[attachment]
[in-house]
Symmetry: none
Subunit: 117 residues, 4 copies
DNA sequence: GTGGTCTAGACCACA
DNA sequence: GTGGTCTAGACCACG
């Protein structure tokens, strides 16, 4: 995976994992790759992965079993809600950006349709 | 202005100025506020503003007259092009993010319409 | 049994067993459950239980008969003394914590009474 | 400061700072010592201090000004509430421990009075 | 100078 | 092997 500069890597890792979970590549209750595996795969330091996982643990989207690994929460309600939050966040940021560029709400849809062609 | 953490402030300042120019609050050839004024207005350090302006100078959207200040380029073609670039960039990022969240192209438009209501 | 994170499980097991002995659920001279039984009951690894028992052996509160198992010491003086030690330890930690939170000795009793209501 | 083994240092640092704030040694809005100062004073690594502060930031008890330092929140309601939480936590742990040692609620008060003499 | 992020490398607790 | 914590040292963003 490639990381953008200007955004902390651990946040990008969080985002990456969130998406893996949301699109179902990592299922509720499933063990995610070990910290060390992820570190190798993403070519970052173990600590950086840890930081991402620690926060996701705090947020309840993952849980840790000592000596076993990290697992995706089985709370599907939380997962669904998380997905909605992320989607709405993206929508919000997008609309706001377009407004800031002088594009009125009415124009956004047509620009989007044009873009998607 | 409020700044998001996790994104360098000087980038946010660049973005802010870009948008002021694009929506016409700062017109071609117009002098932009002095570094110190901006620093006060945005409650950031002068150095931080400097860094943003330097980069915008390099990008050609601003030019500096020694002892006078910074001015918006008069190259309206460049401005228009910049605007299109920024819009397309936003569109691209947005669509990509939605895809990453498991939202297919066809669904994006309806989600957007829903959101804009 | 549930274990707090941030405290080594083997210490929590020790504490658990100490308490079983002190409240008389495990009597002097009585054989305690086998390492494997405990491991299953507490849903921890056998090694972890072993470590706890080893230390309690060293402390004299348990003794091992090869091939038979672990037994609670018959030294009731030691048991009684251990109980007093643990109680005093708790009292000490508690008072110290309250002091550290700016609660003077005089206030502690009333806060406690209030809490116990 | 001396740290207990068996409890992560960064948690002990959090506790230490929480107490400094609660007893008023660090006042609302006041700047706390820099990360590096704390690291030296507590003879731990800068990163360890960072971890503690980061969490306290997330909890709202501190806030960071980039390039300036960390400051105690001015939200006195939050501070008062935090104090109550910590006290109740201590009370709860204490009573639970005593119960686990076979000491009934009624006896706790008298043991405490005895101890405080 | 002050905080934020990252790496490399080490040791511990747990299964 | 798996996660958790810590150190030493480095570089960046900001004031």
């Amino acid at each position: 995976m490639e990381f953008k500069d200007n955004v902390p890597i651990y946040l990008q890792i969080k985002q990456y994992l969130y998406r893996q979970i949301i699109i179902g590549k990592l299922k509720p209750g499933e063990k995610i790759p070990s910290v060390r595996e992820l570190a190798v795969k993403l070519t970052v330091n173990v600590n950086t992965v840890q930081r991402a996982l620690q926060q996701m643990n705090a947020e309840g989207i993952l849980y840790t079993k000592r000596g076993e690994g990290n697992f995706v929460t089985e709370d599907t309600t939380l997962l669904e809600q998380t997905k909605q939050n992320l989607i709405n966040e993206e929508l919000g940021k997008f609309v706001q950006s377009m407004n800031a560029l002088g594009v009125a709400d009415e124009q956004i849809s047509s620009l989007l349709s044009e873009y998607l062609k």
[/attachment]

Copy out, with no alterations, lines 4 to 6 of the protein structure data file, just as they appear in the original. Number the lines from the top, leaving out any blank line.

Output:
DNA sequence: GTGGTCTAGACCACA
DNA sequence: GTGGTCTAGACCACG
């Protein structure tokens, strides 16, 4: 995976994992790759992965079993809600950006349709 | 202005100025506020503003007259092009993010319409 | 049994067993459950239980008969003394914590009474 | 400061700072010592201090000004509430421990009075 | 100078 | 092997 500069890597890792979970590549209750595996795969330091996982643990989207690994929460309600939050966040940021560029709400849809062609 | 953490402030300042120019609050050839004024207005350090302006100078959207200040380029073609670039960039990022969240192209438009209501 | 994170499980097991002995659920001279039984009951690894028992052996509160198992010491003086030690330890930690939170000795009793209501 | 083994240092640092704030040694809005100062004073690594502060930031008890330092929140309601939480936590742990040692609620008060003499 | 992020490398607790 | 914590040292963003 490639990381953008200007955004902390651990946040990008969080985002990456969130998406893996949301699109179902990592299922509720499933063990995610070990910290060390992820570190190798993403070519970052173990600590950086840890930081991402620690926060996701705090947020309840993952849980840790000592000596076993990290697992995706089985709370599907939380997962669904998380997905909605992320989607709405993206929508919000997008609309706001377009407004800031002088594009009125009415124009956004047509620009989007044009873009998607 | 409020700044998001996790994104360098000087980038946010660049973005802010870009948008002021694009929506016409700062017109071609117009002098932009002095570094110190901006620093006060945005409650950031002068150095931080400097860094943003330097980069915008390099990008050609601003030019500096020694002892006078910074001015918006008069190259309206460049401005228009910049605007299109920024819009397309936003569109691209947005669509990509939605895809990453498991939202297919066809669904994006309806989600957007829903959101804009 | 549930274990707090941030405290080594083997210490929590020790504490658990100490308490079983002190409240008389495990009597002097009585054989305690086998390492494997405990491991299953507490849903921890056998090694972890072993470590706890080893230390309690060293402390004299348990003794091992090869091939038979672990037994609670018959030294009731030691048991009684251990109980007093643990109680005093708790009292000490508690008072110290309250002091550290700016609660003077005089206030502690009333806060406690209030809490116990 | 001396740290207990068996409890992560960064948690002990959090506790230490929480107490400094609660007893008023660090006042609302006041700047706390820099990360590096704390690291030296507590003879731990800068990163360890960072971890503690980061969490306290997330909890709202501190806030960071980039390039300036960390400051105690001015939200006195939050501070008062935090104090109550910590006290109740201590009370709860204490009573639970005593119960686990076979000491009934009624006896706790008298043991405490005895101890405080 | 002050905080934020990252790496490399080490040791511990747990299964 | 798996996660958790810590150190030493480095570089960046900001004031």